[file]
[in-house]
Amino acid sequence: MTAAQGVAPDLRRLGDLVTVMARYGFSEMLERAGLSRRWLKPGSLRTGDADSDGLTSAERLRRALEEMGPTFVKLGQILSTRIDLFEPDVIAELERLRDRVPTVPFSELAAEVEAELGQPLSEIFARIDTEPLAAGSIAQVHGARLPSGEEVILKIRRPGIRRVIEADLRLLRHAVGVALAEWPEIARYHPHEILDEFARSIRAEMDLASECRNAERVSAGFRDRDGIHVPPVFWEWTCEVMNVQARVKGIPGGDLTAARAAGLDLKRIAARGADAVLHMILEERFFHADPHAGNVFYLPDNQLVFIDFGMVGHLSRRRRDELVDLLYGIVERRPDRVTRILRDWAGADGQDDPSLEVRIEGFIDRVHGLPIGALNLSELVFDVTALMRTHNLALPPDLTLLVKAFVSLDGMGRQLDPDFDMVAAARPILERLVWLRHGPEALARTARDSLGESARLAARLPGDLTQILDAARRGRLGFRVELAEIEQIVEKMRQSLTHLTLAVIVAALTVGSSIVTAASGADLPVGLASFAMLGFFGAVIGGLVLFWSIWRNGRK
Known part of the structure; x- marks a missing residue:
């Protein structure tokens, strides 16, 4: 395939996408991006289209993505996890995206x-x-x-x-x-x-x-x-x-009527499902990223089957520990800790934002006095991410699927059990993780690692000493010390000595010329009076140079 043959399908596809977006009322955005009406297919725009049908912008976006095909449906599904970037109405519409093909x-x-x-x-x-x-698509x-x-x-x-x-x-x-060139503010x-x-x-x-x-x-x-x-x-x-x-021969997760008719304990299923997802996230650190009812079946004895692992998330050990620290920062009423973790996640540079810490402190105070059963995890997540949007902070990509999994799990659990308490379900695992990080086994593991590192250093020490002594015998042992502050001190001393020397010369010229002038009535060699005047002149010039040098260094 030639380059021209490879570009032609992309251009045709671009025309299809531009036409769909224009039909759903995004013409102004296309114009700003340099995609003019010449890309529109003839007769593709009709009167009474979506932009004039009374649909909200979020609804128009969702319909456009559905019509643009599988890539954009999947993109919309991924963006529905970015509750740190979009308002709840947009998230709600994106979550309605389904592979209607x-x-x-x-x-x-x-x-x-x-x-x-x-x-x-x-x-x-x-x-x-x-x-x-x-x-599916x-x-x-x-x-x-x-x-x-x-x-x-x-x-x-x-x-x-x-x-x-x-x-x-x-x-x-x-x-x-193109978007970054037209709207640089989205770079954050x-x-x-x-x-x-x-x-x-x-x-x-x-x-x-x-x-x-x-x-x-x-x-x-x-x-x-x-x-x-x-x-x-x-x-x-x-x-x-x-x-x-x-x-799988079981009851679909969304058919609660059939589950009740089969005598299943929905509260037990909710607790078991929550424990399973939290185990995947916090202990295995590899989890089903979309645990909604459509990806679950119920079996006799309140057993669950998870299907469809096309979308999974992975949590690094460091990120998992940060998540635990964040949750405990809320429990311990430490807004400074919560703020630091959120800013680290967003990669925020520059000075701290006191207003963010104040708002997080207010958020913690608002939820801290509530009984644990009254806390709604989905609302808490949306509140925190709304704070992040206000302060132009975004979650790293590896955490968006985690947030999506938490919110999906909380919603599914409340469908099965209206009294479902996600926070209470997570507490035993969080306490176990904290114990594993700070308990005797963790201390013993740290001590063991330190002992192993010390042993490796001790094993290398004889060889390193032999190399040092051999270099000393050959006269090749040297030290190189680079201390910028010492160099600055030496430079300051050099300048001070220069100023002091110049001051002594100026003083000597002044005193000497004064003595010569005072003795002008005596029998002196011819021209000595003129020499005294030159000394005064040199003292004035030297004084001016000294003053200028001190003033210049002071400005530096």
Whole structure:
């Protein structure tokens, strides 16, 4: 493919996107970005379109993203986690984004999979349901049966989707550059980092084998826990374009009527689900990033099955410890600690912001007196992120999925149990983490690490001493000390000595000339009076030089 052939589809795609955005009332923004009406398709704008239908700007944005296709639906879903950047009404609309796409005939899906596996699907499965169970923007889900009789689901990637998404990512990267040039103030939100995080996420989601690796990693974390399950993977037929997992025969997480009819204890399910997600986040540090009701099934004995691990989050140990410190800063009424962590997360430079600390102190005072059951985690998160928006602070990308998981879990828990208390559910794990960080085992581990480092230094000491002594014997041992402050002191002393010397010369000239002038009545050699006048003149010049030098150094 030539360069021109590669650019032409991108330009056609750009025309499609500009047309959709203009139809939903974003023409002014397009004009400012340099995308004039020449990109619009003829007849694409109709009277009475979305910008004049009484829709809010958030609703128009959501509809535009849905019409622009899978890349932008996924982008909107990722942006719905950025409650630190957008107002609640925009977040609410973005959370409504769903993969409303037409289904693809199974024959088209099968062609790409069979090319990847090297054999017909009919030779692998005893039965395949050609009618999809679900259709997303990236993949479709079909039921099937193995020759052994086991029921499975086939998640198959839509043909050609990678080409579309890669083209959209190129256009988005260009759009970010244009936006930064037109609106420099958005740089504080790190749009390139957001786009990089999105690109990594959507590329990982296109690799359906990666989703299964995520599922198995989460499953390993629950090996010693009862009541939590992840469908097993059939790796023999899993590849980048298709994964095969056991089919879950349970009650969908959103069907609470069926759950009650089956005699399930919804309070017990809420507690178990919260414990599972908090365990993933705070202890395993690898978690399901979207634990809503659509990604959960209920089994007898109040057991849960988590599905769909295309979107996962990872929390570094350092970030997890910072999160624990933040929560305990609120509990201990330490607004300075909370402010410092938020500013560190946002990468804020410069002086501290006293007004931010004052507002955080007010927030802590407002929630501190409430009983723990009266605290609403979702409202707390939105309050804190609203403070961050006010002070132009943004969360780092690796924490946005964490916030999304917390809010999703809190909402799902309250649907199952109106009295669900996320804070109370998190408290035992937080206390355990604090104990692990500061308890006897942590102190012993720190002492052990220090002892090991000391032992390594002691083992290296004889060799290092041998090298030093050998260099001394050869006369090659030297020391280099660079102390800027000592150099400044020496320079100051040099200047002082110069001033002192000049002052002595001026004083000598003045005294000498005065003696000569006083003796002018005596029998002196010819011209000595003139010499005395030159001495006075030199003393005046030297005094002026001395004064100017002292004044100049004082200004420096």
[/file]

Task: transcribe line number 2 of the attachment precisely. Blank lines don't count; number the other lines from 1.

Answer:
Amino acid sequence: MTAAQGVAPDLRRLGDLVTVMARYGFSEMLERAGLSRRWLKPGSLRTGDADSDGLTSAERLRRALEEMGPTFVKLGQILSTRIDLFEPDVIAELERLRDRVPTVPFSELAAEVEAELGQPLSEIFARIDTEPLAAGSIAQVHGARLPSGEEVILKIRRPGIRRVIEADLRLLRHAVGVALAEWPEIARYHPHEILDEFARSIRAEMDLASECRNAERVSAGFRDRDGIHVPPVFWEWTCEVMNVQARVKGIPGGDLTAARAAGLDLKRIAARGADAVLHMILEERFFHADPHAGNVFYLPDNQLVFIDFGMVGHLSRRRRDELVDLLYGIVERRPDRVTRILRDWAGADGQDDPSLEVRIEGFIDRVHGLPIGALNLSELVFDVTALMRTHNLALPPDLTLLVKAFVSLDGMGRQLDPDFDMVAAARPILERLVWLRHGPEALARTARDSLGESARLAARLPGDLTQILDAARRGRLGFRVELAEIEQIVEKMRQSLTHLTLAVIVAALTVGSSIVTAASGADLPVGLASFAMLGFFGAVIGGLVLFWSIWRNGRK